1862 Vuillaume cello commissioned by Vieuxtemps to go on sale for the first time

30 Apr 2024 - Ingles & Hayday
The Strad Magazine and Slipped Disk News write about a cello by Jean-Baptiste Vuillaume for sale


In 1862, the phenomenal Belgian violinist Henry Vieuxtemps asked his friend the celebrated luthier Jean-Baptiste Vuillaume to make him a cello.

He may have wanted it for his string quartet, or maybe just for fooling around, but the instrument has survived to this day in good condion in the Veiuxtemps family. It is finally coming up for sale by auction with other Vuilllaume treasures this month.

[Click here to read the full article by Slippedisk]



Ingles & Hayday has announced that an 1862 cello by Jean-Baptiste Vuillaume, commissioned by celebrated violinist Henry Vieuxtemps, will go on sale for the first time this month.

The cello, modelled on Stradivari’s ‘B’ form, was commissioned by Vieuxtemps in 1862 as part of a string quartet, which has remained in the Vieuxtemps family ever since.

The Ingles & Hayday March 2024 auction marks the first time the instrument has ever come to sale. The sale will be online from 22 to 26 March. The cello is expected to fetch between £200,000 and £300,000. It will be sold with a provenance letter from the Vieuxtemps family, France, dated 21 February 2024 and a copy of Agnès Briolle-Vieuxtemps’ book Symphonie en Lac Majeur, Henry Vieuxtemps, L’âme du violin.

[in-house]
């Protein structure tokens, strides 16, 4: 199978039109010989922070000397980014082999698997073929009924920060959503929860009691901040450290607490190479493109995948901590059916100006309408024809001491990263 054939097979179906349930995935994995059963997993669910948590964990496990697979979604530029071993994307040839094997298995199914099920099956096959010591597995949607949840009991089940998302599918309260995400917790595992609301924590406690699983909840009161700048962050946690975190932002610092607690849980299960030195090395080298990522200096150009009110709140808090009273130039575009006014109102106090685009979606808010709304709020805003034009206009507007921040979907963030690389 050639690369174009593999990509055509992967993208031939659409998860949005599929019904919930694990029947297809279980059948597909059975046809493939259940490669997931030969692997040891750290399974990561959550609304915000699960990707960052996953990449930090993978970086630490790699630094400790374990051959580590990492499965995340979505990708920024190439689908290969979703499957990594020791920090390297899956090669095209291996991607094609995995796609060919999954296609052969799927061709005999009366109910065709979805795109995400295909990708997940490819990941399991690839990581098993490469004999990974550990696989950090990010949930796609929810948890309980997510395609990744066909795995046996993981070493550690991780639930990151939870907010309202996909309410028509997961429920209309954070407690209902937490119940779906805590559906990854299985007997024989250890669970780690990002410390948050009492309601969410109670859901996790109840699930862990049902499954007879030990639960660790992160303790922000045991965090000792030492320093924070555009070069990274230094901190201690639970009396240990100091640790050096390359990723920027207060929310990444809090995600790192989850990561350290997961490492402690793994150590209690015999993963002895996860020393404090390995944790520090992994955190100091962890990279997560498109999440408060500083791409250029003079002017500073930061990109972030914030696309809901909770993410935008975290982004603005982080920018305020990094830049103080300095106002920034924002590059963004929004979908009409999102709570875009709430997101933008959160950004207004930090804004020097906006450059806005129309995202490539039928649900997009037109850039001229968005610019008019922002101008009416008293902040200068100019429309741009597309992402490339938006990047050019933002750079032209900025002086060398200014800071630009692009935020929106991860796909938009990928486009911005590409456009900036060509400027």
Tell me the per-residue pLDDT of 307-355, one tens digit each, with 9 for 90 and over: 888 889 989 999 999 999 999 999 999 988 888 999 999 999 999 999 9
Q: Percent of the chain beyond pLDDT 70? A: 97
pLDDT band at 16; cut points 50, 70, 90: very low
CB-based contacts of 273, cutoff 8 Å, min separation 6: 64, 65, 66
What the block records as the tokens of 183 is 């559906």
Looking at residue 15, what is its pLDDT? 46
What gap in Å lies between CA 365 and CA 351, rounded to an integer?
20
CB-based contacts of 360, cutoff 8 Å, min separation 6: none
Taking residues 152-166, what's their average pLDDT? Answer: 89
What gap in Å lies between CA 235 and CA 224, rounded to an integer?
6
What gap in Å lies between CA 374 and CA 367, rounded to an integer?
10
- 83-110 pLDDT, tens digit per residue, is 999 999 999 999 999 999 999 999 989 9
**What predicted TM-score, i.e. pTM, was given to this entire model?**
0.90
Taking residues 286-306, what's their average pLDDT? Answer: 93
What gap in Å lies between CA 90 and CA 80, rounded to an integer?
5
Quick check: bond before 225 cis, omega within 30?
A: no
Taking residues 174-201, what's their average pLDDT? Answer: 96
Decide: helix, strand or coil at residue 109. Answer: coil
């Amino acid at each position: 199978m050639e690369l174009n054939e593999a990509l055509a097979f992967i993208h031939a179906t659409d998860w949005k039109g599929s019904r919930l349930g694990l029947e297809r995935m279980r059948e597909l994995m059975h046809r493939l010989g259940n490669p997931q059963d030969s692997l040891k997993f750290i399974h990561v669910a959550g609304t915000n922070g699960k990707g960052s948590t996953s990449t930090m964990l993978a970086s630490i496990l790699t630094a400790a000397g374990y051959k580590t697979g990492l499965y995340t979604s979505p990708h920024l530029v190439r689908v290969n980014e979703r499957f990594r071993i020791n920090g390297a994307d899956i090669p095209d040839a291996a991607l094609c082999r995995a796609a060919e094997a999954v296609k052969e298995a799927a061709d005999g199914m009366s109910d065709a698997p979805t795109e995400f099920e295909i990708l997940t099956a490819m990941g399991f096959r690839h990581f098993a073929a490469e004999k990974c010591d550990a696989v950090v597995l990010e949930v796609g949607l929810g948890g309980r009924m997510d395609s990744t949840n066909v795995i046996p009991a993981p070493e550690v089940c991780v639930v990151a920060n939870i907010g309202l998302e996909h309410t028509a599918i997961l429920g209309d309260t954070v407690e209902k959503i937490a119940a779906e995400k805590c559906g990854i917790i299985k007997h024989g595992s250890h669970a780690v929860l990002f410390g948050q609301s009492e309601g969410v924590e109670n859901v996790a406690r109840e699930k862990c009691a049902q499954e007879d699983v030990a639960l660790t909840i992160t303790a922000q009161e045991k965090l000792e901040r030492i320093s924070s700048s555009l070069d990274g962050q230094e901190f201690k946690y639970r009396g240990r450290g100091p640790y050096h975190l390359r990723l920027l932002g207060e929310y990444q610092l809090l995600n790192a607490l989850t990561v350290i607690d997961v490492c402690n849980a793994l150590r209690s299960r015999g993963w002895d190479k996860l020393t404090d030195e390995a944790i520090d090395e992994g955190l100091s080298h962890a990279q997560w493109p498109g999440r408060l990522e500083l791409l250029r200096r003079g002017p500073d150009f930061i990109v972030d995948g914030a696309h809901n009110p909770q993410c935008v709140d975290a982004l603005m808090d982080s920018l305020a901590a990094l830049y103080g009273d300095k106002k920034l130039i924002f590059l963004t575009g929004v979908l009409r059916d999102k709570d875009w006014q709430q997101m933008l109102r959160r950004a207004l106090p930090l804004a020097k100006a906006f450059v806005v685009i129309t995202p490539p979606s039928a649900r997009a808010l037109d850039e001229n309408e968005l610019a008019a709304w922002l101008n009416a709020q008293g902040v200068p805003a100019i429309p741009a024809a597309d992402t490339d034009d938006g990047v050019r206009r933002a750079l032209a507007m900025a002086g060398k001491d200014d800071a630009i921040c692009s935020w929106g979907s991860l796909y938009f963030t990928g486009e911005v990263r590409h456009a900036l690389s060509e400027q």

Instrument expert John Dilworth writes of the cello: ‘It is a fine Stradivari model, the scroll in particular an immaculately carved reproduction of the Golden Period. The body follows Stradivari’s ”B” form, one of his greatest and most innovative designs, introduced in around 1707. The materials throughout are of the finest; the back is of two matched quartered pieces, with a very regular and perfect rising flame.’

[Click here to read the rest of John Dilworth’s article]


’With my luthier friend, I shared all my thirst for sounds,’ wrote Vieuxtemps of Vuillaume. ’He confided in me that he had understood Stradivari’s secret regarding the varnish he used, I was amazed. Its sounds were indeed worthy of a Stradivarius. Vuillaume was an artist. A great artist. And he was the only one! I sent all my musician friends to his “luxury clinic” for exceptional instruments.’

Vuillaume spoke fondly of Vieuxtemps: ’I cannot find words to express all the pleasure we felt yesterday admiring you as a violinist and as a composer. Admired is the word, and we are still delighted and spellbound by your magnificent talent.’

Vieuxtemps commissioned Vuillaume in 1862, with the instruments delivered to him in 1863. When Vieuxtemps died in 1881, the entire quartet passed to his son, Maximilien Vieuxtemps (1848–1926) and then grandson Jean Vieuxtemps (1897–1959). The instruments were then shared between Henry’s great-grandchildren, with the two violins and violas sold to Étienne Vatelot and the cello remaining with Jean-François Vieuxtemps, an amateur cellist, who passed it to his children, the current owners.

[Click here to read the full article by The Strad]

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